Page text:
Job One

May 9, 2012

One of the bedrocks of being alive and being anywhere near ‘successful,’ is having a job — working a wage.
And although job openings in the U.S. rose in March to the highest level in more than three years, Federal Reserve Bank of Richmond President Jeffrey Lacker noted yesterday unemployment remains at “a very elevated rate and the whole process will take time — a long time.

Numbers involving employment can be way-deceiving, creating a picture that’s more Pablo Picasso than Norman Rockwell.

(Illustration found here).

Arithmetic is nowhere near my strong suit.
Bloomberg explains:

The Labor Department reported that as of April, 58.4 percent of the U.S. population was gainfully employed.
That’s down from 58.6 percent in February, and exactly where the employment-to-population ratio stood a year ago.
The decline reflects the fact that job gains aren’t keeping up with population growth.
It also demonstrates the illusory nature of April’s reduction in the unemployment rate, to 8.1 percent from 8.2 percent in March.
The Labor Department, in its monthly household survey, counts people as unemployed only if they’re in the labor force, meaning they’re actively looking for work.
In April, the estimated number of people in the labor force fell by 342,000.
So the unemployment rate fell, too, even though the survey counted 169,000 fewer people with jobs.

According to the US Bureau of Labor Statistics, there’s about 12.5 million US peoples unemployed right now with about 5.1 million of those on what’s called ‘long-term unemployment’ (27 weeks or more) and those guys are the in the pits.
Despite all that, US employers added 3.74 million job openings in March, the highest in nearly four years, to create a sense of a kind of sunshine: That means an average of 3.4 people competed for each open job. While that’s far better than the nearly 7-to-1 ratio when the recession ended. In a healthy job market, the ratio is usually around 2 to 1.
Jobs are still hard to come by and customers at the liquor store I manage are always waxing sad about finding a job — the unemployment rate up here in northern California is way above the average at about 11.3 percent, pretty heady.

Along with the precarious job market, there’s the assholes working to strip what’s left off the bones.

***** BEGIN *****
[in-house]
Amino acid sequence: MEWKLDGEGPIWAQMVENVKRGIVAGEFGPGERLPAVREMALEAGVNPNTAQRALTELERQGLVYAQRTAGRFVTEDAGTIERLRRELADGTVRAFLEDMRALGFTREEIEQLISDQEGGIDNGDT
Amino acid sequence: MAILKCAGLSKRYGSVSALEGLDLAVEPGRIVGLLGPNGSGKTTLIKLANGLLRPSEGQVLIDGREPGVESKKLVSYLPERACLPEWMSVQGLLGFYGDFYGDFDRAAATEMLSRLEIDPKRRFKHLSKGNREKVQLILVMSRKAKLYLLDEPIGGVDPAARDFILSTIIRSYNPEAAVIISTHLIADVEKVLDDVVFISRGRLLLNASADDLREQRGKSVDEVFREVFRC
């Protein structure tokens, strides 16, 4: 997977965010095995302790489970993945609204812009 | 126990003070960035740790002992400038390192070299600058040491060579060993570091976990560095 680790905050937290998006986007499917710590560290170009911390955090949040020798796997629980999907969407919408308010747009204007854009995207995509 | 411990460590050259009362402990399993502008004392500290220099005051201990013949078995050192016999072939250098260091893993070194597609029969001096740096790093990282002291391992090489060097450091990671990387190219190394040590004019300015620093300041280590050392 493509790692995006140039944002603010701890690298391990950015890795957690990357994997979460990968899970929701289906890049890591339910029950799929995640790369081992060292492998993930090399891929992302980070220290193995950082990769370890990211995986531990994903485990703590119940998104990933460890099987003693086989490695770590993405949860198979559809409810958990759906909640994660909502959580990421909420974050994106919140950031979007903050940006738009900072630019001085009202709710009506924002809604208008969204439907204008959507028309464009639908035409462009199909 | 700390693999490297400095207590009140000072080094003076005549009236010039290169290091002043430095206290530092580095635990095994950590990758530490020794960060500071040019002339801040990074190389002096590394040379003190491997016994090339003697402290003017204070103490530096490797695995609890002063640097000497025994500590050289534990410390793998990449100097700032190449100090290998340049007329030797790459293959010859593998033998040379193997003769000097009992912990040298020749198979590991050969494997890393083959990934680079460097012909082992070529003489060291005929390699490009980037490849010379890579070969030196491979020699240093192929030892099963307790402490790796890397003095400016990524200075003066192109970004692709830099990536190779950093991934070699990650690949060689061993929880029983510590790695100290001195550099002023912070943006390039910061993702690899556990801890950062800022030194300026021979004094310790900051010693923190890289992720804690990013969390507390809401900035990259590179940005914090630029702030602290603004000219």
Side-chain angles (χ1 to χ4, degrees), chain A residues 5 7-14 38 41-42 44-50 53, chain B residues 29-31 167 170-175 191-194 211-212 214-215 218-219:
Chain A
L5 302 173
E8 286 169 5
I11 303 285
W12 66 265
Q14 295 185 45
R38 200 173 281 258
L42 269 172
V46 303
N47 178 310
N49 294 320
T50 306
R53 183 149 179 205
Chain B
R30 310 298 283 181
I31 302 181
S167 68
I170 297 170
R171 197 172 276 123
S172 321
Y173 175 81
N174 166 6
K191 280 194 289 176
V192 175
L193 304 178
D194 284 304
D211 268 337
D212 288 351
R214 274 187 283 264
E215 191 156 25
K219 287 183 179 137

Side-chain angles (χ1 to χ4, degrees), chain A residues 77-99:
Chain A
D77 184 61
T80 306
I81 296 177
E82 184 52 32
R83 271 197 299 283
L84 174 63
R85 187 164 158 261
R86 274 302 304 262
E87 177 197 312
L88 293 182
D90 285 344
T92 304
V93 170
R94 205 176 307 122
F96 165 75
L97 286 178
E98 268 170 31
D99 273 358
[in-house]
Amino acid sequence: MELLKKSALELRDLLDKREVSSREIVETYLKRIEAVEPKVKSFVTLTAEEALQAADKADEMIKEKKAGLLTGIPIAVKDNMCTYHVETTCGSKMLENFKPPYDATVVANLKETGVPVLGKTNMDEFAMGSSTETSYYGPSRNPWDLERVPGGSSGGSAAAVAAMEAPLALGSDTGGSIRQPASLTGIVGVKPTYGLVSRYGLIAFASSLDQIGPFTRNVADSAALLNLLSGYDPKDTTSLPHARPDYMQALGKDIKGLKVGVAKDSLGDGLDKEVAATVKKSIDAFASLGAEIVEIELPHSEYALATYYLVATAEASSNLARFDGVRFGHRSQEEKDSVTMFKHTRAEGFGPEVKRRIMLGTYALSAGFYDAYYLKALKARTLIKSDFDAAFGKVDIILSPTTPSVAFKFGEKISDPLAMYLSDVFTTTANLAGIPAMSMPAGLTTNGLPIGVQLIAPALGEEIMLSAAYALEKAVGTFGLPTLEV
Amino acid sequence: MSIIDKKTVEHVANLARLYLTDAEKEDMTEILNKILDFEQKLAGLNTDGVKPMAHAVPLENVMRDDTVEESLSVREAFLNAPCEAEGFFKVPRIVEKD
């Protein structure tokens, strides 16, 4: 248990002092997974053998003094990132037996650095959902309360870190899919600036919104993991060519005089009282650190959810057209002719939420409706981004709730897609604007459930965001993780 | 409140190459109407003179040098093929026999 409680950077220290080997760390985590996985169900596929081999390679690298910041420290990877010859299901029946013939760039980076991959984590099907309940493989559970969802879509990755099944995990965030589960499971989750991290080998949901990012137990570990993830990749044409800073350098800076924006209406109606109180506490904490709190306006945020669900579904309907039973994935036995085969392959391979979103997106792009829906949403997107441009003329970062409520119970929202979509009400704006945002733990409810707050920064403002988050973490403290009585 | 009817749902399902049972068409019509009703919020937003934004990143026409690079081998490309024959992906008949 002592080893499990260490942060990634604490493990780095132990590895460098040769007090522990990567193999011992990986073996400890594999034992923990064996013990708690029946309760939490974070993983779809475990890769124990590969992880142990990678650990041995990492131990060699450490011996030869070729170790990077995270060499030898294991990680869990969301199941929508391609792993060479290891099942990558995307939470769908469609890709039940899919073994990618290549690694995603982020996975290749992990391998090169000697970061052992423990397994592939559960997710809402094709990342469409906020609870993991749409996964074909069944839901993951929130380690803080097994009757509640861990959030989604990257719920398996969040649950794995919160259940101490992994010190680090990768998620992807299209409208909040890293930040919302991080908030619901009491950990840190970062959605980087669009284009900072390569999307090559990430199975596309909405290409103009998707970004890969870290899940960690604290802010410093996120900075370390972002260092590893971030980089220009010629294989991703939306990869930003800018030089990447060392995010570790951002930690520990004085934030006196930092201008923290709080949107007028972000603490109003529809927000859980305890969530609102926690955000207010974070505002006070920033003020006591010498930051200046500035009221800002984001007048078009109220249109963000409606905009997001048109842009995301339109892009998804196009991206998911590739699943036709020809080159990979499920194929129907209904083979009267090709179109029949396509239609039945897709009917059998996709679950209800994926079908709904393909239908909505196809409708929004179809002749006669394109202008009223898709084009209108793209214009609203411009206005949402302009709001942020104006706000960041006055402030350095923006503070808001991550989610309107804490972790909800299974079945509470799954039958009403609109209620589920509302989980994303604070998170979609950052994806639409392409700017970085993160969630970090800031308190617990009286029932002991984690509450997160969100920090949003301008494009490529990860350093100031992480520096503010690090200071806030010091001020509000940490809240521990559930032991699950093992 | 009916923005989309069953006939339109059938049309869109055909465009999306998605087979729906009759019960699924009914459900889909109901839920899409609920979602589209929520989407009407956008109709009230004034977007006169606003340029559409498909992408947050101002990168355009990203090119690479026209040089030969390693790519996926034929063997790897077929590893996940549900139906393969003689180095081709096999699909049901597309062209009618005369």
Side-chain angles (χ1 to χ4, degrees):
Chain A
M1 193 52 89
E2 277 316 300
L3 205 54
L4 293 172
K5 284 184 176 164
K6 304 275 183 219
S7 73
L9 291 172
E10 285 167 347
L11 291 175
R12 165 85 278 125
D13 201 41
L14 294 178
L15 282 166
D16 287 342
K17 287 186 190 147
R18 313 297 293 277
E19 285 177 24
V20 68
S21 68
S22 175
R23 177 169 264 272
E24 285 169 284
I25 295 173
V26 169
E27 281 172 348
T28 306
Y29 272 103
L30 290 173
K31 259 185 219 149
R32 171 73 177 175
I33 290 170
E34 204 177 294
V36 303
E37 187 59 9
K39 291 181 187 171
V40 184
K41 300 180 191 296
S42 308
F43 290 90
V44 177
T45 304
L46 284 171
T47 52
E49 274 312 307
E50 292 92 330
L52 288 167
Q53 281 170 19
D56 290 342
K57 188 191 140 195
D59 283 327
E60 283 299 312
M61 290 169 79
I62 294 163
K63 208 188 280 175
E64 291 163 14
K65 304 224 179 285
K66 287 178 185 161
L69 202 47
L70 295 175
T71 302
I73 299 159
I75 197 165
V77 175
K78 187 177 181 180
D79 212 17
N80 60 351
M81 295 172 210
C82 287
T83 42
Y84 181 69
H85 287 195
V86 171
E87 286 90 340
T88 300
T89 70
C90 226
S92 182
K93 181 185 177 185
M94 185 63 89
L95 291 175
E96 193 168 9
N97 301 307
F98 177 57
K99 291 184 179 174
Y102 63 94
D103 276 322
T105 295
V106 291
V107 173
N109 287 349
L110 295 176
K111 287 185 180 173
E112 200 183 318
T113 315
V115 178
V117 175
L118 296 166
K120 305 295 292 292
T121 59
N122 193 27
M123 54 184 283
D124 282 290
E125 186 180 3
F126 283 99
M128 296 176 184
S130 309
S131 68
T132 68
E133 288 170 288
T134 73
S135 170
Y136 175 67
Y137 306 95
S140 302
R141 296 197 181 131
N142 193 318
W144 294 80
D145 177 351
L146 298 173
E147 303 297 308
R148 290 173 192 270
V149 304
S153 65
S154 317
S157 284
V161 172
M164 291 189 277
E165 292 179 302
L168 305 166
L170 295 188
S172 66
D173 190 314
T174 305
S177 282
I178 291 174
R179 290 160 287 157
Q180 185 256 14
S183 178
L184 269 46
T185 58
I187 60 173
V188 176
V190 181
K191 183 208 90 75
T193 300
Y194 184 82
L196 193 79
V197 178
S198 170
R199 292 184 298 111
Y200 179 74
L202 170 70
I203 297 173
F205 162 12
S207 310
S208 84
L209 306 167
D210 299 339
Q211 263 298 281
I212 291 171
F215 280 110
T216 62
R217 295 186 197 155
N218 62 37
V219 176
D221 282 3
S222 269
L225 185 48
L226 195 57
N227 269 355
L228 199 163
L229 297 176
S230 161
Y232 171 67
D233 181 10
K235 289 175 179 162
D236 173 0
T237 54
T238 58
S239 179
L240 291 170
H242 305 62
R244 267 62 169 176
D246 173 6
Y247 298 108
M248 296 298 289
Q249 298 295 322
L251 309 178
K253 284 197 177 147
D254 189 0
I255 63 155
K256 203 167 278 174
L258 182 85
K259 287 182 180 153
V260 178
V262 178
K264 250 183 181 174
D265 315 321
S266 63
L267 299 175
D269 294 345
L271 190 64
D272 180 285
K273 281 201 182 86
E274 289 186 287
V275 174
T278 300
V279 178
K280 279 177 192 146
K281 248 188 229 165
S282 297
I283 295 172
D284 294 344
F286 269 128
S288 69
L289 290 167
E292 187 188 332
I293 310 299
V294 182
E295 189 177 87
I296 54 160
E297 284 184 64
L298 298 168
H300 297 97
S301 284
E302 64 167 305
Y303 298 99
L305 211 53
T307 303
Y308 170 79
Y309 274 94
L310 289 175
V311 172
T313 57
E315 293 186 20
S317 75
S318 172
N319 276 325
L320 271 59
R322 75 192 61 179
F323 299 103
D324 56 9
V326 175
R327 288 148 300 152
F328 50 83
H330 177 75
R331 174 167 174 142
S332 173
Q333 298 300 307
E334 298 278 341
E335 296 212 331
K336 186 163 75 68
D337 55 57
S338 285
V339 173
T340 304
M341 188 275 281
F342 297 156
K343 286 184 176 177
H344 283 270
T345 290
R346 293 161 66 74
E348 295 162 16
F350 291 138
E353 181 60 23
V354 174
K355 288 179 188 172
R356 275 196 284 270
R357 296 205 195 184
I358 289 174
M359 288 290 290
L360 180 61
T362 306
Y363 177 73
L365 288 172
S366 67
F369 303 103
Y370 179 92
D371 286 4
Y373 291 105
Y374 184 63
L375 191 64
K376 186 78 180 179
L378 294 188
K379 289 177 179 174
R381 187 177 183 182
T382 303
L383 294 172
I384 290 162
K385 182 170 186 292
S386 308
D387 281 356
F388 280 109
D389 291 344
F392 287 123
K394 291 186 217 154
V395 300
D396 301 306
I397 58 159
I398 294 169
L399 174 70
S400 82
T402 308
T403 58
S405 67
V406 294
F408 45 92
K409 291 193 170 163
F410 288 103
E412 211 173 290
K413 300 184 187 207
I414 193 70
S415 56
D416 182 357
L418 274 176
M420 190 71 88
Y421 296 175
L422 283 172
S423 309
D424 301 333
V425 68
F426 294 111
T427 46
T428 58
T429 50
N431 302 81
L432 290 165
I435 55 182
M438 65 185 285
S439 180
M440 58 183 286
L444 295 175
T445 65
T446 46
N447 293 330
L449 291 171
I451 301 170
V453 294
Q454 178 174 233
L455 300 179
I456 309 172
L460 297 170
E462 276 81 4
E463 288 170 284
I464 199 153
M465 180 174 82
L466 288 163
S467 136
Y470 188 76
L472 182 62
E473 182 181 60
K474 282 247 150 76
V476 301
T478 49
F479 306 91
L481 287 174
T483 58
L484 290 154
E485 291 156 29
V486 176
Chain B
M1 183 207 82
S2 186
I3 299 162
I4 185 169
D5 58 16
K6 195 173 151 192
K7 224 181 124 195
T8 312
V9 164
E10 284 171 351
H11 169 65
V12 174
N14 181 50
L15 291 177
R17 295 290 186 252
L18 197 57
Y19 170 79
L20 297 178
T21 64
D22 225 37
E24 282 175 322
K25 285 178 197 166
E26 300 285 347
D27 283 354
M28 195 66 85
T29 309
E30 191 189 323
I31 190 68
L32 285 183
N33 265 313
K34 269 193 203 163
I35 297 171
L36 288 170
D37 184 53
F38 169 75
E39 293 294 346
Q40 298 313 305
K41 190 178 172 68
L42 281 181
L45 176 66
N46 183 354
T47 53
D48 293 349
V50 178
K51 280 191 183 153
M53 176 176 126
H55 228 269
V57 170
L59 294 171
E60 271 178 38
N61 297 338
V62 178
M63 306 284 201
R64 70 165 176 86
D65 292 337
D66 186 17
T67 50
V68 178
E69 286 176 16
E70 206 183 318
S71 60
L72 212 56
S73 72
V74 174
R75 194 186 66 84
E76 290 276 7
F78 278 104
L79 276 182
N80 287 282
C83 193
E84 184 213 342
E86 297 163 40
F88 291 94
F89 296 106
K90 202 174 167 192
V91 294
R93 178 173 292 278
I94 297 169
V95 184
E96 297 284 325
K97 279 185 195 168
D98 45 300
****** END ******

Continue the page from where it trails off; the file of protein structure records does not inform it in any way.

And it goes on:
In the defeat yesterday of Indiana’s Dick Lugar to a Tea Party nit-twit is just another sampling of what’s in store for the job market.
GOP peoples blame the jobless for being without a job.

One asshole Tea-Bagger is Maine’s Governor, Paul LePage, who blubbered that to get these shiftless people off their asses is to gut unemployment benefits.
(Via Think Progress):

There is such thing as a free lunch, but you’re picking up the tab.
Maine’s welfare program is cannibalizing the rest of state government.
I am compassionate and committed to our children, our elderly, and our disabled.
But to all you able-bodied people out there, get off the couch and get yourself a job.

What a liar — compassionate?

Paul Krugman in his new book — “End This Depression Now!” — discusses the job market and how being employed is part and parcel of the so-called American Dream.
In an excerpt found at HuffPost, Krugman talks about working and how the GOP/Tea Party looks at the jobless, as in ‘involuntary unemployment’ and how to gaze back at them:

The classic answer to such people comes from a passage near the beginning of the novel The Treasure of the Sierra Madre (best known for the 1948 film adaptation starring Humphrey Bogart and Walter Huston): “Anyone who is willing to work and is serious about it will certainly find a job. Only you must not go to the man who tells you this, for he has no job to offer and doesn’t know anyone who knows of a vacancy. This is exactly the reason why he gives you such generous advice, out of brotherly love, and to demonstrate how little he knows the world.”
Also, about those McDonald’s applications: in April 2011, as it happens, McDonald’s did announce 50,000 new job openings.
Roughly a million people applied.

Later, he offers up this insight between the 1930s and the nowadays:

Nor is America immune.
Can anyone deny that the Republican Party has become far more extreme over the past few years?
And it has a reasonable chance of taking both Congress and the White House later this year, despite its radicalism, because extremism flourishes in an environment in which respectable voices offer no solutions as the population suffers.

Krugman paints a picture worse than we think it is, and although he claims the problems can be lessened with more cash flowing into US peoples pockets, this country is still a Tea Party world, and those with the biggest mouth, whether lying or not, still gets the most attention.

A full-time job just listening to the shit.

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